March 31, 2011

Seesmic: My Go-To Twitter Client on Android (and #Wp7)

Twitter's guidance earlier this month strongly suggested that developers working on their ecosystem bring additional value to the company, rather than trying to compete with them on a dedicated client. While assurances were made to entrenched players like TweetDeck, Seesmic and others that their products were safe, it's come with a subtle hint that Twitter's own applications are not only the market share leaders, but are also the best. But for me, I've not always agreed that's the case.

While I rely heavily on Twitter for Mac (originally Tweetie) on the desktop, my choice on mobile for Android (and Windows Phone 7) has been Seesmic - both due to its intuitive and lengthy feature set, but the constraints put on Twitter's own client.

Many Supported Seesmic Accounts and the Twitter Timeline

Twitter has stated (and likely they've done so rightly) that they want to appeal to more of a mainstream audience - one just coming to grips to a 140-character world full of weird languages that contain hashtags, RTs, replies, lists and other oddities. They also have a business premise of promoting their service as the exclusive place for news and social discovery. This has left an opening, taken by both TweetDeck and Seesmic, to provide a client that supports both multiple services and multiple accounts - on both desktop and mobile. For the power user who needs to use multiple accounts, you simply cannot do that on the official Twitter client for Android today, full stop. And forget about using Facebook, Google Buzz, or any other service. It's not their interest. So I've had to shop around.

Facebook Streams and Google Buzz In Seesmic for Android

Since the company's pivot from video comments to major social media client, Seesmic has forged an interesting role of being available on practically every mobile platform and OS, adding for broadcast to multiple services simultaneously, and recently, doubling down on enterprise efforts with early support for Salesforce Chatter and keeping close ties to Microsoft with one-off deployments for the Windows platform.

Updating Multiple Twitter Accounts Via Seesmic for Android

Posting an Update to Twitter on Seesmic With Geolocation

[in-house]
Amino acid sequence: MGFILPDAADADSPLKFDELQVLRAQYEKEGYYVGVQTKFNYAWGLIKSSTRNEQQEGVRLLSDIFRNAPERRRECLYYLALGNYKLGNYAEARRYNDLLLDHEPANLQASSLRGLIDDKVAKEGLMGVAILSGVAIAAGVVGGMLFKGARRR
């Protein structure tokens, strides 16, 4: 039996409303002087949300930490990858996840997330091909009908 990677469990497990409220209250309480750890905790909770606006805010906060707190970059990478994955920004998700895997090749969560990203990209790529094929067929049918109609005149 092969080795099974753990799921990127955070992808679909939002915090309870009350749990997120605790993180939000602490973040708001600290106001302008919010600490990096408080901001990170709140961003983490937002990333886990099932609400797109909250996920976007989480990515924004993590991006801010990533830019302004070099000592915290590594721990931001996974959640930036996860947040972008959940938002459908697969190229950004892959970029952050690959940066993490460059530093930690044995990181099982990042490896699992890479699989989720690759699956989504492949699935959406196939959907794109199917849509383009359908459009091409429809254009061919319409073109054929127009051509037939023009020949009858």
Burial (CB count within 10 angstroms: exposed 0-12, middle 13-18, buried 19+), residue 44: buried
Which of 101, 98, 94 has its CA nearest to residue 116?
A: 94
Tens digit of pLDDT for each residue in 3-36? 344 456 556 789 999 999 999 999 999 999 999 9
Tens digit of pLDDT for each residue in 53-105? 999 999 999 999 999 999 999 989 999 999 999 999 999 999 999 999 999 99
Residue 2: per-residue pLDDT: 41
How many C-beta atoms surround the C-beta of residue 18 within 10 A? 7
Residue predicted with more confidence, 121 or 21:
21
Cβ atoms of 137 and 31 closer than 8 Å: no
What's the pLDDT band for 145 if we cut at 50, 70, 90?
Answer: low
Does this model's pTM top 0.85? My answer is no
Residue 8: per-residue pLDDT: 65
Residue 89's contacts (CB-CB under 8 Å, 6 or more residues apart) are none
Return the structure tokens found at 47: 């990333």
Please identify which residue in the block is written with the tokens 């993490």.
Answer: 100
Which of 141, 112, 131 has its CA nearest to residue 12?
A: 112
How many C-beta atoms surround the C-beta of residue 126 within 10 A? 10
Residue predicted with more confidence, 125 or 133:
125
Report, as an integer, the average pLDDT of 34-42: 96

Seesmic first gained praise from me about 2 years ago with the launch of Seesmic Web, which was much more fully featured than the Twitter alternative. With Twitter having revamped to "#NewTwitter", the gap is less clear, but on mobile, Seesmic still reigns supreme. Having gotten frustrated with slowness, application timeouts and the inability to use more than one account on the official Twitter account, I turned to Seesmic, and the application not only did more, but was faster and extremely stable. No more failed searches and force quits.

Twitter Lists and Saved Searches Support In Seesmic

Beyond the standard Twitter functionality, from timelines, mentions, profile browsing, saved searches and list support, Seesmic's acquisition of means I can post to multiple accounts across services simultaneously, and the services are more than just "check the box" implementations. I was surprised to see how deeply you could monitor fan pages on Facebook, and the addition of Google Buzz support is welcome for me.

Amusingly, one of the boons of Android also turned out to be a detraction, for after Seesmic's installation, I would not only receive notifications from the native Twitter app that replies and messages were waiting, but the same activity would double down my alerts, coming from Seesmic as well. So I did the unthinkable and the official Twitter app is off my Android devices, which eliminates duplication. Meanwhile, on Windows 7, Seesmic was the first app I downloaded, comfortable the experience would be familiar and very useful.

To paraphrase the fun line of commercials from Dos Equis, I don't always tweet from my mobile device, but when I do, I use Seesmic. If you need multiaccount and multiservice support, it's the best dedicated client for the job. I even told them so myself for an article Wednesday on the company's blog, one of many folks who told Seesmic why they were the choice.

Disclosure: my6sense, where I am VP of Marketing, has an Android client, of course, and our app contains the ability to share updates to Twitter, Facebook and Google Buzz. If you're trying really hard, you could consider Seesmic a competitor. :)